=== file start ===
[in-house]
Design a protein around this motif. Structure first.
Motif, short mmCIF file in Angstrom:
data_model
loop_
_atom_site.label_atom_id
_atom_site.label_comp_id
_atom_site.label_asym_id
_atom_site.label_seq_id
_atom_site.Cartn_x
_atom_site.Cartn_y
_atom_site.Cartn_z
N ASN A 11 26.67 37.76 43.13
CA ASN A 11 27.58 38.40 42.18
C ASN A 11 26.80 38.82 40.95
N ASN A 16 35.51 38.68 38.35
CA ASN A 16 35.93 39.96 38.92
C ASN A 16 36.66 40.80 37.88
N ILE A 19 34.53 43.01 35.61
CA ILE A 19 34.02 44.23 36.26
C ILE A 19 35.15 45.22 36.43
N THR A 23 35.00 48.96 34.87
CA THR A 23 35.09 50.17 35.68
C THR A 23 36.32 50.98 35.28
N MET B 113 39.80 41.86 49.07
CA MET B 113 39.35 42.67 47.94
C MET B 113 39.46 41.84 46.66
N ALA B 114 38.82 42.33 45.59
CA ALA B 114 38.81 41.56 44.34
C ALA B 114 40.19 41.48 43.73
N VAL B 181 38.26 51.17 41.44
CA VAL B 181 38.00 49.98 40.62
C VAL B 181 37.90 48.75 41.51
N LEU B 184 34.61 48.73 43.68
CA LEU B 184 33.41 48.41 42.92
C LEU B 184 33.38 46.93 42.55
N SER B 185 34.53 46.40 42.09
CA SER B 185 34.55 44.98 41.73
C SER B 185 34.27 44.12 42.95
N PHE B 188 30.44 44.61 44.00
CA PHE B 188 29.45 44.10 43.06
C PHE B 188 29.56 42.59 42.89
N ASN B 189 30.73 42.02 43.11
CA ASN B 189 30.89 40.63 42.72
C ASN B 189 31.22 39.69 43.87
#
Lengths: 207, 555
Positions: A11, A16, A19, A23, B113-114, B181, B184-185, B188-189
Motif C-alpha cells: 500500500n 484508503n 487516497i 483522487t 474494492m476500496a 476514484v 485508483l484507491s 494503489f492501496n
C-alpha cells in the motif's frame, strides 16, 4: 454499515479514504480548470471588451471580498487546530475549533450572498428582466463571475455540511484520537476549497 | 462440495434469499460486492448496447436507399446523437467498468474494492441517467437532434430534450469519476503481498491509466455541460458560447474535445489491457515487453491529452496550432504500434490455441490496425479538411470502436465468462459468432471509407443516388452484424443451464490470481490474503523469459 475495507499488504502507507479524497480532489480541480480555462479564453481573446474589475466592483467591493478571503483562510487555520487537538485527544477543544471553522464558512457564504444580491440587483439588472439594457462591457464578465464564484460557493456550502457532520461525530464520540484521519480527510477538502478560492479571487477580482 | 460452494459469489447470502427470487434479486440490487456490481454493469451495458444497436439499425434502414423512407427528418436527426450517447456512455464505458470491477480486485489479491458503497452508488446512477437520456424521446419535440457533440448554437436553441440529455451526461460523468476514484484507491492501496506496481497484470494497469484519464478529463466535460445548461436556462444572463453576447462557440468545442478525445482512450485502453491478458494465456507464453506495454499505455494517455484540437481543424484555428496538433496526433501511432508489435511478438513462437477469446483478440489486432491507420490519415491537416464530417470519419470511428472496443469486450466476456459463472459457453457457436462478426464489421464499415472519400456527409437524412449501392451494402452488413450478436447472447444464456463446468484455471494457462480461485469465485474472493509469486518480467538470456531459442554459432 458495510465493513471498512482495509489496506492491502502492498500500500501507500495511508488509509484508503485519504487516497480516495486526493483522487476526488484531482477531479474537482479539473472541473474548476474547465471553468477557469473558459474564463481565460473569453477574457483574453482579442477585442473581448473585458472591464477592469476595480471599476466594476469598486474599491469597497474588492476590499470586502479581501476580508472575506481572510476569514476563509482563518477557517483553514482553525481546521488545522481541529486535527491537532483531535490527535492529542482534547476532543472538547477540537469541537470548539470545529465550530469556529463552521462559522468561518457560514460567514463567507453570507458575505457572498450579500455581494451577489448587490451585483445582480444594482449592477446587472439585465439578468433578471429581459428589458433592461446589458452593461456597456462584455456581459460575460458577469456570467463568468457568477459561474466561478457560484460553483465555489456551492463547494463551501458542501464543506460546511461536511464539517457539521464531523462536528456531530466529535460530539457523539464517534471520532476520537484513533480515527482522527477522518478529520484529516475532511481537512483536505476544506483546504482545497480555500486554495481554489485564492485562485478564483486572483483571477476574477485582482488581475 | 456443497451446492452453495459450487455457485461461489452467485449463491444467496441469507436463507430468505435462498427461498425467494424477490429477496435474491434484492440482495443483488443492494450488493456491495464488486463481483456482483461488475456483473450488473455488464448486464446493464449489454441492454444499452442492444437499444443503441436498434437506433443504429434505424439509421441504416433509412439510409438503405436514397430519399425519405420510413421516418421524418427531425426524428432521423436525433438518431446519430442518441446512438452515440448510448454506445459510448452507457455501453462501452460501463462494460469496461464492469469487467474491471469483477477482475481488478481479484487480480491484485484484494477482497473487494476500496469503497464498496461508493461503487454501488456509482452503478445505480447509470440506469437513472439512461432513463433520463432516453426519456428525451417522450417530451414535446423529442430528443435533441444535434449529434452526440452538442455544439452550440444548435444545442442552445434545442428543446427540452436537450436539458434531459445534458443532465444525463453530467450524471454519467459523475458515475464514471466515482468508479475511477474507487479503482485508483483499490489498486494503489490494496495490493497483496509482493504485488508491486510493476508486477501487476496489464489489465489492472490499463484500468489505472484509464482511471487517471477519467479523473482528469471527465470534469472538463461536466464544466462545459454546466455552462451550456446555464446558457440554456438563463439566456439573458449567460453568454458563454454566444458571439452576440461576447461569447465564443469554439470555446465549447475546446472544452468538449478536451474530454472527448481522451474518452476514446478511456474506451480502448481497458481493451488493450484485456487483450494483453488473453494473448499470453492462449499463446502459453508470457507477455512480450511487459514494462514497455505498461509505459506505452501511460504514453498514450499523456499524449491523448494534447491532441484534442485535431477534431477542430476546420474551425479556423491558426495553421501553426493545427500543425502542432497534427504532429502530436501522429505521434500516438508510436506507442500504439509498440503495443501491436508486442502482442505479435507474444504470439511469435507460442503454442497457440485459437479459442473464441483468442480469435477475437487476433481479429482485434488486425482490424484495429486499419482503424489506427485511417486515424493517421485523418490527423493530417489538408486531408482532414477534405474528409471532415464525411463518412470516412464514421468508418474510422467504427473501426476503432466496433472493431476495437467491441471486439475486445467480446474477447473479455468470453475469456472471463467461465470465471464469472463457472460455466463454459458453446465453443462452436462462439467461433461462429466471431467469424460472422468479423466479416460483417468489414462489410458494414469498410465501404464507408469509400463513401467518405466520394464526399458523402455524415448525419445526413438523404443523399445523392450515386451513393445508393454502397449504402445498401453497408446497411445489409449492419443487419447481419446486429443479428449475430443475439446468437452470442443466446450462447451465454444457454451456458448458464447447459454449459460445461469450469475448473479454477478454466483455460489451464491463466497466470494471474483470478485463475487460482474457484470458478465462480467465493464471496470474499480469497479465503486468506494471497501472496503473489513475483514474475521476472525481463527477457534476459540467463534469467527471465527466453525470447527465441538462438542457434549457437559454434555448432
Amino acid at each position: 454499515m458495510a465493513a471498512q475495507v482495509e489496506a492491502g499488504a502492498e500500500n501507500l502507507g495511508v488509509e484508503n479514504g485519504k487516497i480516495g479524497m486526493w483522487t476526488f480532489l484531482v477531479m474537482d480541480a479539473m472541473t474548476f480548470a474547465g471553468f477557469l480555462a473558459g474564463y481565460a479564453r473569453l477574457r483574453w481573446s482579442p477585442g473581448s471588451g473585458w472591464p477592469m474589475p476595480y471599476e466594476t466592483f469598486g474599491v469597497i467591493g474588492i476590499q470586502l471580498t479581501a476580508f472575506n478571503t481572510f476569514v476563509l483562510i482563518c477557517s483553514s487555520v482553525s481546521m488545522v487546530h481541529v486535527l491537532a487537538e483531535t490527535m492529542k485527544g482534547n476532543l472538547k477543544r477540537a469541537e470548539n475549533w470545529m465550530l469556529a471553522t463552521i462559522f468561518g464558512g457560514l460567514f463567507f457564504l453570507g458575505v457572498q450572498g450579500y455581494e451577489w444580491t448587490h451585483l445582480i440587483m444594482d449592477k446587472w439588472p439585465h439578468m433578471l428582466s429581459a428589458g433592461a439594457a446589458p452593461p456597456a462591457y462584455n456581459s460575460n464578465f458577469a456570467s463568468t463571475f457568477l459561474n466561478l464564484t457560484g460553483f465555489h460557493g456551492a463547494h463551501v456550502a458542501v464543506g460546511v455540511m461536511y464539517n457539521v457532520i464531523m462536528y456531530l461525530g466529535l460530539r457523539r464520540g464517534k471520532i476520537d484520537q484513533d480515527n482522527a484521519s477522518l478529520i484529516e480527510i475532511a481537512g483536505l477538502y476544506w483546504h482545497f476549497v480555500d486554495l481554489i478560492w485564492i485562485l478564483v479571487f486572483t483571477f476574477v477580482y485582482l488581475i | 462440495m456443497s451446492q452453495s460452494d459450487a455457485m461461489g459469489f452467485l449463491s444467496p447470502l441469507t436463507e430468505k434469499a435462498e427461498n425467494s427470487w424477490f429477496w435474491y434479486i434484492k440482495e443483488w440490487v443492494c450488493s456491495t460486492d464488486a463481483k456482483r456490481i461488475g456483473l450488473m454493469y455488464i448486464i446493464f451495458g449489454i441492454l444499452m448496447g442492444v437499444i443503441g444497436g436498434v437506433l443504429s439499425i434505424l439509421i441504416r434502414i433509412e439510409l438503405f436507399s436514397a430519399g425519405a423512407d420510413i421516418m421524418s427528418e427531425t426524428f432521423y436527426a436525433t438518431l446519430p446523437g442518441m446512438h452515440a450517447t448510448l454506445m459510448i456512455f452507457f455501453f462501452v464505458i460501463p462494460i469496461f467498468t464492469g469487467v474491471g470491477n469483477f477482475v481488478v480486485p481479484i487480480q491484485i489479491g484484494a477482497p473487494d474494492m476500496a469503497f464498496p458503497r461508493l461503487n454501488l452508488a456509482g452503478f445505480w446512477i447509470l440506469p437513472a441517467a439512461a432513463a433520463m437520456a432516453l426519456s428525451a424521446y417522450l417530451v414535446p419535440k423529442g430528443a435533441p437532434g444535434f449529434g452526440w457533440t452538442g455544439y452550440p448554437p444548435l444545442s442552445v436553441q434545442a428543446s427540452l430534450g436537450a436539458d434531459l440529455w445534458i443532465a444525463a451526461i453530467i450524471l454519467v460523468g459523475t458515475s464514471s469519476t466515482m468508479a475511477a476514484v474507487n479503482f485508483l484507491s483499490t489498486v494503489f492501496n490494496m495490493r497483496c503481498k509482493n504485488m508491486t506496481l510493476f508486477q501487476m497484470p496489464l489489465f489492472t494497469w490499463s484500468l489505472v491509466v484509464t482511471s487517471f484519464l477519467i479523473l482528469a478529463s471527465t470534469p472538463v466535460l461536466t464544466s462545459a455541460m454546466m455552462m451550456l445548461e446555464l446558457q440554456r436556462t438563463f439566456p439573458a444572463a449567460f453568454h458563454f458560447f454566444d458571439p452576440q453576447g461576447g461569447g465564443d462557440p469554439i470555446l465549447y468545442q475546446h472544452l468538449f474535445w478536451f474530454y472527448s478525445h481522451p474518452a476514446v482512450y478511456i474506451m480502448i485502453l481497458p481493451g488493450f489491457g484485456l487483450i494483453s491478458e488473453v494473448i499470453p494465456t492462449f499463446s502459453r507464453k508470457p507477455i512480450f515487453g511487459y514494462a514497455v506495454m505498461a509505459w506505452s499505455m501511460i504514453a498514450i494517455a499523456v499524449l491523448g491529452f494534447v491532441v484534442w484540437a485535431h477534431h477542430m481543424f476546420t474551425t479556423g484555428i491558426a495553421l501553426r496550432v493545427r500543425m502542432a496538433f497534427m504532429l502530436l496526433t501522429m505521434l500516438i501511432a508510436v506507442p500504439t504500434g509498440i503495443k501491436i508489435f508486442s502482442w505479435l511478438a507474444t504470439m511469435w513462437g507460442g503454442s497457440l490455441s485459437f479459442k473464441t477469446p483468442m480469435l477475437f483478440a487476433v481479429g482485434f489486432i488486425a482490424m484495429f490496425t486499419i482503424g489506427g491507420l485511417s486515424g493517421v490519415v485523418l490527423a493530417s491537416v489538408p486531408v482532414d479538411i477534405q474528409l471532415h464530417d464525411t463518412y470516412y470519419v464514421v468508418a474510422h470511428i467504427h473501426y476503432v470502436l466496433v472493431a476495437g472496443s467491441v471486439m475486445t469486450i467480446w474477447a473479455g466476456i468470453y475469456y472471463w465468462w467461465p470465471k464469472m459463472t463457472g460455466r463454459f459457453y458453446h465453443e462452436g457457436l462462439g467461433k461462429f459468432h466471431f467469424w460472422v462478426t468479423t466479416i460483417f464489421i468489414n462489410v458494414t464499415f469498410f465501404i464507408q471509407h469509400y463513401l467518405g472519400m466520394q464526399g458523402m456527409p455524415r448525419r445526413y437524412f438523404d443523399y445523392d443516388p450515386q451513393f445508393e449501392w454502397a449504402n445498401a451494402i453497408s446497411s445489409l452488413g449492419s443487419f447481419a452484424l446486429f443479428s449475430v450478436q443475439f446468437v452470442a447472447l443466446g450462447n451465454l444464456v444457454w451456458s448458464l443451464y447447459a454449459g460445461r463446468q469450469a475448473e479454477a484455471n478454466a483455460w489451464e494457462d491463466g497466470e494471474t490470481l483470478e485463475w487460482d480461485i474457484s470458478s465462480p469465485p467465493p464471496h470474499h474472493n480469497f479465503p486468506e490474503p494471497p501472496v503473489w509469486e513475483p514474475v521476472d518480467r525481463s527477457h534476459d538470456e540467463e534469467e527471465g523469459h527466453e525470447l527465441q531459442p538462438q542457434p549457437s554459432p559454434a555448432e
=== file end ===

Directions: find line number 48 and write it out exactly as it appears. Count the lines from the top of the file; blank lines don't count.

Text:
Positions: A11, A16, A19, A23, B113-114, B181, B184-185, B188-189